Can Moondog survive his own mystique?

More discussed than heard, Moondog has become a paragon of outsider music. Blind since he was a teenager and influenced equally by 1950s jazz and Native American music, the Kansas-born Louis Thomas Hardin (1916-1999) evolved into a Viking-garbed New York City street musician who named himself after a dog that barked at the moon, and created music that felt like the unmediated, pure expression of a (possibly) holy fool. Or so we think.

Bowerbird was destined to produce a Moondog retrospective concert, and did so with its just-formed Arcana New Music Ensemble on Friday at the Rotunda in University City with every seat filled. A photo of Moondog's latter-day-Odin visage graced the program; I would have also enjoyed hearing a recording of him recite the circular aphorisms of his street poetry that, like his music, seems like profound doggerel. Example: "Each today is yesterday's tomorrow, which is now."

Only music was heard, some of it in arrangements - defensible because street musicians are accustomed to giving up control over how they're heard. The first handful of selections, "Bird's Lament," "Oasis," and "Rue Lette" were charming, short-breathed miniatures played by harp, flute, and other non-aggressive instruments. Like many outsiders, Moondog wasn't radical but used conventional means in unconventional ways, his Native American music and 1950s jazz influences incorporated with natural ease. One trademark is complex cross-rhythms that feel ritualistic, but make you want to dance.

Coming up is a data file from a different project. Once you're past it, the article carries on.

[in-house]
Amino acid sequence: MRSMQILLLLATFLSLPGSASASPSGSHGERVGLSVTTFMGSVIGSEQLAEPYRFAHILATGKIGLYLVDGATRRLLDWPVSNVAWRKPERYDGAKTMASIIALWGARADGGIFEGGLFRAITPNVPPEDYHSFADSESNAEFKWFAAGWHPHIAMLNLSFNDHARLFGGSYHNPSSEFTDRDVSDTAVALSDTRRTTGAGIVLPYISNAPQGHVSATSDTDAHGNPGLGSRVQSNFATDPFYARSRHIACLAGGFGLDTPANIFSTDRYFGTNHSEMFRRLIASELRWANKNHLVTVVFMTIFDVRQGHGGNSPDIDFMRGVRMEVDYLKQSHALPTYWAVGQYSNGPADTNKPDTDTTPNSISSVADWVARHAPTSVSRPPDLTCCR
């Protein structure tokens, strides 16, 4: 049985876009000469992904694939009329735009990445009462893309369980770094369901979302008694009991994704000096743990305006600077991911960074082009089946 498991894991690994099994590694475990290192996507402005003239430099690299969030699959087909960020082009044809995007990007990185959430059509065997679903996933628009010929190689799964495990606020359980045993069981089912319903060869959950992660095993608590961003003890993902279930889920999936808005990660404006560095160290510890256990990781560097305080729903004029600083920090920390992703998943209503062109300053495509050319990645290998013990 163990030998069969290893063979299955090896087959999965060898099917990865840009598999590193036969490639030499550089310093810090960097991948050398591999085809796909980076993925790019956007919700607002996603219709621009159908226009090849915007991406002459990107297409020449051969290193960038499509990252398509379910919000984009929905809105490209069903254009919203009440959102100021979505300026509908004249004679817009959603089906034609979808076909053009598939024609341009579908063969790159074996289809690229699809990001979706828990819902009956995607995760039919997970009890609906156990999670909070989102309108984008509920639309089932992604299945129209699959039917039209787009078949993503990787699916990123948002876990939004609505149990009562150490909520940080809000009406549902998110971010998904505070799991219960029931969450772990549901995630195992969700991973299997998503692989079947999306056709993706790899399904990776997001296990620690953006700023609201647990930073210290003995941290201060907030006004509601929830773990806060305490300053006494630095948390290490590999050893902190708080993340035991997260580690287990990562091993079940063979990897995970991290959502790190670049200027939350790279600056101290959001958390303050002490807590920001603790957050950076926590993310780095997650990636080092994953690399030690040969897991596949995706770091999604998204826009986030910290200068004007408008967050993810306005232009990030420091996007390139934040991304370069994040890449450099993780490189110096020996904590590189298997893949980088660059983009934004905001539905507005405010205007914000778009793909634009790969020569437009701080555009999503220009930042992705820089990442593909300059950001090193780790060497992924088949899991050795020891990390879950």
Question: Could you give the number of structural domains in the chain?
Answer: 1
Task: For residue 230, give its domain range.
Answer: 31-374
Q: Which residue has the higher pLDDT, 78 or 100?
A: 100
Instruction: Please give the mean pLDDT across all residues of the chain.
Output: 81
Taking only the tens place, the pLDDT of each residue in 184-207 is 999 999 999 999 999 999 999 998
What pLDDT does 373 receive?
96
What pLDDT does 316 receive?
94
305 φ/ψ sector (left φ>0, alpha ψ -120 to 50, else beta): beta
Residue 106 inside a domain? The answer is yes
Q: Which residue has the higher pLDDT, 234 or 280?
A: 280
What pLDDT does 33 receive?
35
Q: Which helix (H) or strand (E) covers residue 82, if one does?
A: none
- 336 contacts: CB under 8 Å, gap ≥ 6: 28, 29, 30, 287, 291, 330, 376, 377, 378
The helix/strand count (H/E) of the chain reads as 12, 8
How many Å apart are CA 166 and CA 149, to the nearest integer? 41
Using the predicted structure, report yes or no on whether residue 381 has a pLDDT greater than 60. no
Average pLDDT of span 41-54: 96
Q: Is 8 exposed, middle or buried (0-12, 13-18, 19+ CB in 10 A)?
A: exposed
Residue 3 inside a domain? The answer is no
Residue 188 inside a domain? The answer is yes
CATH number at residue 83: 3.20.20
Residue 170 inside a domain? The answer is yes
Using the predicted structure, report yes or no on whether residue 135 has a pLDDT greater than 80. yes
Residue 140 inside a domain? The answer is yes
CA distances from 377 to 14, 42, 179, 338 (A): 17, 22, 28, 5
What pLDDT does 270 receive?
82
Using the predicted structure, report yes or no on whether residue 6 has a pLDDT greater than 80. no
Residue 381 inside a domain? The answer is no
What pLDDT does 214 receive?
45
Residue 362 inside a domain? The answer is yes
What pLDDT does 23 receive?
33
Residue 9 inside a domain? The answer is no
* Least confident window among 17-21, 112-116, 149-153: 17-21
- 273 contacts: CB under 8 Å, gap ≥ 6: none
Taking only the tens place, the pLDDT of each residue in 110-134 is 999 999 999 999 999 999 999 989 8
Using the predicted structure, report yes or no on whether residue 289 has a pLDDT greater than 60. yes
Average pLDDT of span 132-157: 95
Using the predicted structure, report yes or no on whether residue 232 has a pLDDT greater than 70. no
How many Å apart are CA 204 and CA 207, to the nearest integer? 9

"Marimba Mondo" for percussion showed why Steve Reich admits to Moondog influence: The music is intensely contrapuntal, though with the individual melodic strands splintered and scattered in ways that involve as much strategy as inspiration. No wonder this eccentric figure was, in his own tine, defended as a serious artist.

Like Erik Satie's, the music is gentle and naive and has a resigned sense of loneliness, which is why the heat that Arcana brought to the performances, while appreciated, departed from the mild manner of Moondog's recordings. Passionate advocacy is laudable, but outsider music serves listeners secondarily. The question is what listeners can find in Moondog's gently earnest musings. He must be met more than halfway. My own conclusion: Moondog was a fascinating footnote, a time capsule of sorts, but Bowerbird's one-hour concert was just enough.